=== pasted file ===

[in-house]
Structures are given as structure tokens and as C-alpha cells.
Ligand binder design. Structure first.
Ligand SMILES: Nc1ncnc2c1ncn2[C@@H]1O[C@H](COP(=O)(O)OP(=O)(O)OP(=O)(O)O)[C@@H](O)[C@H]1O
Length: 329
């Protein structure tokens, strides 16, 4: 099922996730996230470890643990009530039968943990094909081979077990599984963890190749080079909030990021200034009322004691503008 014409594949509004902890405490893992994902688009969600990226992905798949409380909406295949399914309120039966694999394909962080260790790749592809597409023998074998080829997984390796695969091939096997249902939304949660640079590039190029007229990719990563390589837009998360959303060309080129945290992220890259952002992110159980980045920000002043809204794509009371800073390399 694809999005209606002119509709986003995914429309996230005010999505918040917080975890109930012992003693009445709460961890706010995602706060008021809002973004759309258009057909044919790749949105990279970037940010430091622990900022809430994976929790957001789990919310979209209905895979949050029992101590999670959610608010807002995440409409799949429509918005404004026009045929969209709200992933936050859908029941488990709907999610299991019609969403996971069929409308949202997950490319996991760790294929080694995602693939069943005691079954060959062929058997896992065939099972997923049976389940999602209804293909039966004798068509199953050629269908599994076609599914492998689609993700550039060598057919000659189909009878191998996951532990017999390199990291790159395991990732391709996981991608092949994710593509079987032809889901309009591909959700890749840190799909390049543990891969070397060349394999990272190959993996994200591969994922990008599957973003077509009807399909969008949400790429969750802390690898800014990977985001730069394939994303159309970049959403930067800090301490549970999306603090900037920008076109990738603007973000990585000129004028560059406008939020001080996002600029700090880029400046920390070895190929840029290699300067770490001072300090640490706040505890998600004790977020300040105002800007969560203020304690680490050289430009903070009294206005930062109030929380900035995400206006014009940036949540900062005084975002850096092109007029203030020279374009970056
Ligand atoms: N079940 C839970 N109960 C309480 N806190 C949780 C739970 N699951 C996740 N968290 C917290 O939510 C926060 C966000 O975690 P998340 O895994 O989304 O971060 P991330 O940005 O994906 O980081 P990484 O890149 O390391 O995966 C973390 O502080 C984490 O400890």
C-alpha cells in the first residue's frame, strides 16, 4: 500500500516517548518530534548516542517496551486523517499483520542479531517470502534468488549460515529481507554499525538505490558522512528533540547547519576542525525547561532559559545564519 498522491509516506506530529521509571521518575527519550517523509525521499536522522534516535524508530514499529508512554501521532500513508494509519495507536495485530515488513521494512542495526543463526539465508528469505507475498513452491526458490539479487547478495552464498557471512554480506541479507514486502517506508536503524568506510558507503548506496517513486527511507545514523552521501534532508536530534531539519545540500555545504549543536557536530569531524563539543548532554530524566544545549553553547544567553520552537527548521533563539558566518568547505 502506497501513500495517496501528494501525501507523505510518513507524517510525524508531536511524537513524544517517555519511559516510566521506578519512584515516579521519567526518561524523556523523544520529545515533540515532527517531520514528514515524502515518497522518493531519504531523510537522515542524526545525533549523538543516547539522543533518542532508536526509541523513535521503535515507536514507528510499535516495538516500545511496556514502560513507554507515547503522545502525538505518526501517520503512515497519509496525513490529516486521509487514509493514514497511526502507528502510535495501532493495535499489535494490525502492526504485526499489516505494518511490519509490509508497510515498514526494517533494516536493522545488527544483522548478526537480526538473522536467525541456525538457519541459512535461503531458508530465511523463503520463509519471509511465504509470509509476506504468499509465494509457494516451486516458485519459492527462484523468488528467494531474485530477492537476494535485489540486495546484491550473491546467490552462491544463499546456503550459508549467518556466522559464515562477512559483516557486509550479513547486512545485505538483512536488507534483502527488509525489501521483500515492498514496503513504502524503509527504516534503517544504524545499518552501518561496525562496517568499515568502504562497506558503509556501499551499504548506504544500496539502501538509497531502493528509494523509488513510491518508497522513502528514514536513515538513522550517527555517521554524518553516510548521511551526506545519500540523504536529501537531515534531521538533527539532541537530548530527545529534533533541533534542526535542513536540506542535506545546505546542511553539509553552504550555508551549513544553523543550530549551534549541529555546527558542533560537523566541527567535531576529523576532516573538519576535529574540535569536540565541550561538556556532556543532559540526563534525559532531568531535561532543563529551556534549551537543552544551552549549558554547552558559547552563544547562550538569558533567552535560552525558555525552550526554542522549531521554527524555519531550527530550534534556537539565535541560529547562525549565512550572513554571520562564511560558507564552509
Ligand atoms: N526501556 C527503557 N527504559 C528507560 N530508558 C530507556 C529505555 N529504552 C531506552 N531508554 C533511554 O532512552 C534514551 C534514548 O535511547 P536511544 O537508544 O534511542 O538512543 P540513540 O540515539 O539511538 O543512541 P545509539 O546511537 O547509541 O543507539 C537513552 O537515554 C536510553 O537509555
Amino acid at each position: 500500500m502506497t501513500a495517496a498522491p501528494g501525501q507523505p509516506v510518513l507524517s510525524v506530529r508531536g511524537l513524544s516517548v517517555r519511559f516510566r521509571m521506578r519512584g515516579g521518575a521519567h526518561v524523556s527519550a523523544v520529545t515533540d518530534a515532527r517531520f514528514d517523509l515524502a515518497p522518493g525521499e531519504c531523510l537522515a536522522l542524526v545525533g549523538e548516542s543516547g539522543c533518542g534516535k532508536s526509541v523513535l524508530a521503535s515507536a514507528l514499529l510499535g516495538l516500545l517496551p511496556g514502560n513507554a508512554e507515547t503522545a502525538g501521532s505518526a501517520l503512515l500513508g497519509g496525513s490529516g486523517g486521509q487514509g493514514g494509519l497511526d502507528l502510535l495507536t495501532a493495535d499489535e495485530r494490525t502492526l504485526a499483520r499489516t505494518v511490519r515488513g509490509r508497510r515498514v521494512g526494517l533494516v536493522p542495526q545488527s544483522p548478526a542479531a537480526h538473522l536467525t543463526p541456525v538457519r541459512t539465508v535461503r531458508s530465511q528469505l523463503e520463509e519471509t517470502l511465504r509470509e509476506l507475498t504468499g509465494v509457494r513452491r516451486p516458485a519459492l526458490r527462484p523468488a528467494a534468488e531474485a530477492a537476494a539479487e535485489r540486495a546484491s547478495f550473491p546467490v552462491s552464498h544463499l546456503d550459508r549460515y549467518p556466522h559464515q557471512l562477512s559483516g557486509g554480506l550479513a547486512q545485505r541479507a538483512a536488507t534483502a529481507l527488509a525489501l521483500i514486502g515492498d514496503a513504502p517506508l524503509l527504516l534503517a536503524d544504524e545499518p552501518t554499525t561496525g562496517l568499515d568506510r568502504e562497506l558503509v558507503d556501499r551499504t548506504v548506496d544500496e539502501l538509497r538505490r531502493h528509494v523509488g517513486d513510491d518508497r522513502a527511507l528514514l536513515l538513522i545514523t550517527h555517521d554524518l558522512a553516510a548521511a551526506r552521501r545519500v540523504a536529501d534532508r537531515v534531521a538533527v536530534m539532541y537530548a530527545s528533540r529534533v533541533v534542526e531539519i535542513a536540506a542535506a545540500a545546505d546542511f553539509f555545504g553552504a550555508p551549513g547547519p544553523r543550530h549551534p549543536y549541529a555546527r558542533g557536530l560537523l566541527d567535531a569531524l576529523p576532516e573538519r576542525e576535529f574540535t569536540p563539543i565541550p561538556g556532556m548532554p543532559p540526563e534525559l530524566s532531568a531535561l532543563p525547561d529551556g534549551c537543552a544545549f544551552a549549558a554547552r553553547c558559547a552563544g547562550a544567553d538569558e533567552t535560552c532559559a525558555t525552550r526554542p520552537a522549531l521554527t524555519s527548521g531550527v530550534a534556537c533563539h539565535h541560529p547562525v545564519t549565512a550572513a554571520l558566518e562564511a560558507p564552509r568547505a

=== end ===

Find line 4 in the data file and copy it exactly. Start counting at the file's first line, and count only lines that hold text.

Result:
Ligand SMILES: Nc1ncnc2c1ncn2[C@@H]1O[C@H](COP(=O)(O)OP(=O)(O)OP(=O)(O)O)[C@@H](O)[C@H]1O